Ann Kirschner, university dean of William E. Macaulay Honors College at the City University of New York and the author of Sala's Gift: My Mother's Holocaust Story (Free Press, 2006), recently reread Little Dorritt for her bookclub. She writes an extremely interesting article about the experience.
I went automatically to my old Penguin paperback, standing ready on the shelf. Never mind its familiar and friendly orange spine — I hesitated. Maybe it would make sense to read the book on the Kindle that my husband bought me last year. Then again, for my daily Manhattan life, I love audiobooks, the best choice for crowded public transportation and a wonderful companion for walking. And now that I use an iPhone, I have been surprised by the ease of reading its crisp, bright screen.
I decided to read Little Dorrit four ways: paperback, audiobook, Kindle, and iPhone.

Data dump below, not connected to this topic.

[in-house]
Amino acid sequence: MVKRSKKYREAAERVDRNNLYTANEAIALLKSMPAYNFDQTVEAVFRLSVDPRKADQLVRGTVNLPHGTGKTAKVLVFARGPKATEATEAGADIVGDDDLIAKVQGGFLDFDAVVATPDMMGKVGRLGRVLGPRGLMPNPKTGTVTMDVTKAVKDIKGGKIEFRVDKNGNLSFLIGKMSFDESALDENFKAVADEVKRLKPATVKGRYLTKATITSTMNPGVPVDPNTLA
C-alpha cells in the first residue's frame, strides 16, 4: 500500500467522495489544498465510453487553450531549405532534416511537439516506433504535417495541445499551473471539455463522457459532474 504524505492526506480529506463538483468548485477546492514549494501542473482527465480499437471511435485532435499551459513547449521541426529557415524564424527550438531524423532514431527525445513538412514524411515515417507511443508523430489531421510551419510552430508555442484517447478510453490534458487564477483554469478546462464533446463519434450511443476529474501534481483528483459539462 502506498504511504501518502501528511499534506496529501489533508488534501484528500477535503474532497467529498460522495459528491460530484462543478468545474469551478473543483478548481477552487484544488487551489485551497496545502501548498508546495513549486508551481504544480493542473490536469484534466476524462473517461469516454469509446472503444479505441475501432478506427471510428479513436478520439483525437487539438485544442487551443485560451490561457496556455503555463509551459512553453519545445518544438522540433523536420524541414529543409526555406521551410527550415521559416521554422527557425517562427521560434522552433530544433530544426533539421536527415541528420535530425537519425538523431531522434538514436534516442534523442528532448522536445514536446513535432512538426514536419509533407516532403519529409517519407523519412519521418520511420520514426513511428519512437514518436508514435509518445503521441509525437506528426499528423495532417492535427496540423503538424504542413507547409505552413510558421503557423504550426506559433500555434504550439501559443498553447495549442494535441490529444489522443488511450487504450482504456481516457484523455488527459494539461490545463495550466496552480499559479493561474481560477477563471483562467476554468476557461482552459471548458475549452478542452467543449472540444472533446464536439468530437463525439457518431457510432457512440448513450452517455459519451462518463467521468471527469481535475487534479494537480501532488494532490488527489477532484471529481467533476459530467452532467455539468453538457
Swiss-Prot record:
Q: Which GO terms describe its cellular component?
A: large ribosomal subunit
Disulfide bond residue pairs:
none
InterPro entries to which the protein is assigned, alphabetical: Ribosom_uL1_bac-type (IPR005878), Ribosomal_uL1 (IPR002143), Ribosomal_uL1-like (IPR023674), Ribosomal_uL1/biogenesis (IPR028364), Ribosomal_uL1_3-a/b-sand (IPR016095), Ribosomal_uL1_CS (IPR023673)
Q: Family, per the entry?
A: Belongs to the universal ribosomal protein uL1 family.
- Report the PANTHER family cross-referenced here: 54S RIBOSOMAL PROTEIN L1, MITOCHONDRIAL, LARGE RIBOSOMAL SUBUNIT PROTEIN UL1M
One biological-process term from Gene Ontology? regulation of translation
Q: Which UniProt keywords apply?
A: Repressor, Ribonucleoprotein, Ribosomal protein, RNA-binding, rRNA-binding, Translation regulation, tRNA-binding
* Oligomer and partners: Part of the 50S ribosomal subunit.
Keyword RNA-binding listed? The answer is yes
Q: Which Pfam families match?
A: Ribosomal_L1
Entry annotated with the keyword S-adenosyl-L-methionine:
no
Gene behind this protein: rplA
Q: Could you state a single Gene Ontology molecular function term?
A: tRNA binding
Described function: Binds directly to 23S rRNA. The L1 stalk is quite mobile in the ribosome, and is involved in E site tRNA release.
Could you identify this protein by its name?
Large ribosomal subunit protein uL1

It was often maddening to keep finding and losing my place as I switched from format to format. But as an experiment, it taught me a great deal about my reading habits, and about how a text reveals itself differently as the reading context changes. Along the way, I also began to make some predictions about winners and losers in the evolution of books.
(via, well, damn, I forget--if if was you, let me know and I'll link)
Her conclusion? That the iPhone is a Kindle killer.
I don't own an iPhone, so I can't really comment. (But I love my Kindle.) So what do you think?